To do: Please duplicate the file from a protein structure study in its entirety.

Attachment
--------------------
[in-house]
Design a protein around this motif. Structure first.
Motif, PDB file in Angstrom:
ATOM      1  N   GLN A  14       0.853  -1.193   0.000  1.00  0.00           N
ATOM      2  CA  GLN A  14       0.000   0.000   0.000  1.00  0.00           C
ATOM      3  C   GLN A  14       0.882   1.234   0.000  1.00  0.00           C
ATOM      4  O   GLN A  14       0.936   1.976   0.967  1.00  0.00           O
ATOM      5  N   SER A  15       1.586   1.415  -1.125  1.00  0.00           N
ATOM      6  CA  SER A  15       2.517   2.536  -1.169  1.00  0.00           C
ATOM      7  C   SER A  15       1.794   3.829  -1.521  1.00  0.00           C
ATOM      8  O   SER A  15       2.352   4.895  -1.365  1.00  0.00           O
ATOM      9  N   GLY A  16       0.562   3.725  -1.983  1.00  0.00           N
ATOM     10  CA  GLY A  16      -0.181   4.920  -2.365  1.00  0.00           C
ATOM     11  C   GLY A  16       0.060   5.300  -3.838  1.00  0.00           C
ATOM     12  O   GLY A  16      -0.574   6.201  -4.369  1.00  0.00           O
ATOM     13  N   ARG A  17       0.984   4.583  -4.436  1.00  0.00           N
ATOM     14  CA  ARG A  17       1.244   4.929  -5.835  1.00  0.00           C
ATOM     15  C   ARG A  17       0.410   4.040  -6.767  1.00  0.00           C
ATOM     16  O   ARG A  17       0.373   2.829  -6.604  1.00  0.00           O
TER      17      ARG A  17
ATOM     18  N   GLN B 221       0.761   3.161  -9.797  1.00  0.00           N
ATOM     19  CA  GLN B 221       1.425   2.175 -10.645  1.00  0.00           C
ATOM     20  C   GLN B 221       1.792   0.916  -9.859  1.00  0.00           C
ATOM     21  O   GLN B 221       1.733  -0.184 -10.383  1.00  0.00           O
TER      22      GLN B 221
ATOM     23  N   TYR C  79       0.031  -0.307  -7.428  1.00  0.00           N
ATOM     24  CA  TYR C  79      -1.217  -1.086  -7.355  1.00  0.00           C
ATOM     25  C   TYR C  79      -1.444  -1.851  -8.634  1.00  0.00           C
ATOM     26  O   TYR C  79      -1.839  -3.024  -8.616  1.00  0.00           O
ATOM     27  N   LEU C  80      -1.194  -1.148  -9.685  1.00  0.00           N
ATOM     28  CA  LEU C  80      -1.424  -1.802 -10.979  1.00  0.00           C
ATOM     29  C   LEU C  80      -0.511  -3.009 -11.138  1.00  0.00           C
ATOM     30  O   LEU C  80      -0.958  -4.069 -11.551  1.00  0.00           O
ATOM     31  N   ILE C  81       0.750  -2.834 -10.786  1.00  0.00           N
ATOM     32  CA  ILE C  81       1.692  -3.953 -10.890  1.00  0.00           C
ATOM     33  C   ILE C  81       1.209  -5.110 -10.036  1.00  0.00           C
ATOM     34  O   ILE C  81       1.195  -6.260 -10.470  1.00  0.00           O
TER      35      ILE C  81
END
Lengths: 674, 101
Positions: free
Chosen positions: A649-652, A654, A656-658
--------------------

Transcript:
[in-house]
Design a protein around this motif. Structure first.
Motif, PDB file in Angstrom:
ATOM      1  N   GLN A  14       0.853  -1.193   0.000  1.00  0.00           N
ATOM      2  CA  GLN A  14       0.000   0.000   0.000  1.00  0.00           C
ATOM      3  C   GLN A  14       0.882   1.234   0.000  1.00  0.00           C
ATOM      4  O   GLN A  14       0.936   1.976   0.967  1.00  0.00           O
ATOM      5  N   SER A  15       1.586   1.415  -1.125  1.00  0.00           N
ATOM      6  CA  SER A  15       2.517   2.536  -1.169  1.00  0.00           C
ATOM      7  C   SER A  15       1.794   3.829  -1.521  1.00  0.00           C
ATOM      8  O   SER A  15       2.352   4.895  -1.365  1.00  0.00           O
ATOM      9  N   GLY A  16       0.562   3.725  -1.983  1.00  0.00           N
ATOM     10  CA  GLY A  16      -0.181   4.920  -2.365  1.00  0.00           C
ATOM     11  C   GLY A  16       0.060   5.300  -3.838  1.00  0.00           C
ATOM     12  O   GLY A  16      -0.574   6.201  -4.369  1.00  0.00           O
ATOM     13  N   ARG A  17       0.984   4.583  -4.436  1.00  0.00           N
ATOM     14  CA  ARG A  17       1.244   4.929  -5.835  1.00  0.00           C
ATOM     15  C   ARG A  17       0.410   4.040  -6.767  1.00  0.00           C
ATOM     16  O   ARG A  17       0.373   2.829  -6.604  1.00  0.00           O
TER      17      ARG A  17
ATOM     18  N   GLN B 221       0.761   3.161  -9.797  1.00  0.00           N
ATOM     19  CA  GLN B 221       1.425   2.175 -10.645  1.00  0.00           C
ATOM     20  C   GLN B 221       1.792   0.916  -9.859  1.00  0.00           C
ATOM     21  O   GLN B 221       1.733  -0.184 -10.383  1.00  0.00           O
TER      22      GLN B 221
ATOM     23  N   TYR C  79       0.031  -0.307  -7.428  1.00  0.00           N
ATOM     24  CA  TYR C  79      -1.217  -1.086  -7.355  1.00  0.00           C
ATOM     25  C   TYR C  79      -1.444  -1.851  -8.634  1.00  0.00           C
ATOM     26  O   TYR C  79      -1.839  -3.024  -8.616  1.00  0.00           O
ATOM     27  N   LEU C  80      -1.194  -1.148  -9.685  1.00  0.00           N
ATOM     28  CA  LEU C  80      -1.424  -1.802 -10.979  1.00  0.00           C
ATOM     29  C   LEU C  80      -0.511  -3.009 -11.138  1.00  0.00           C
ATOM     30  O   LEU C  80      -0.958  -4.069 -11.551  1.00  0.00           O
ATOM     31  N   ILE C  81       0.750  -2.834 -10.786  1.00  0.00           N
ATOM     32  CA  ILE C  81       1.692  -3.953 -10.890  1.00  0.00           C
ATOM     33  C   ILE C  81       1.209  -5.110 -10.036  1.00  0.00           C
ATOM     34  O   ILE C  81       1.195  -6.260 -10.470  1.00  0.00           O
TER      35      ILE C  81
END
Lengths: 674, 101
Positions: free
Chosen positions: A649-652, A654, A656-658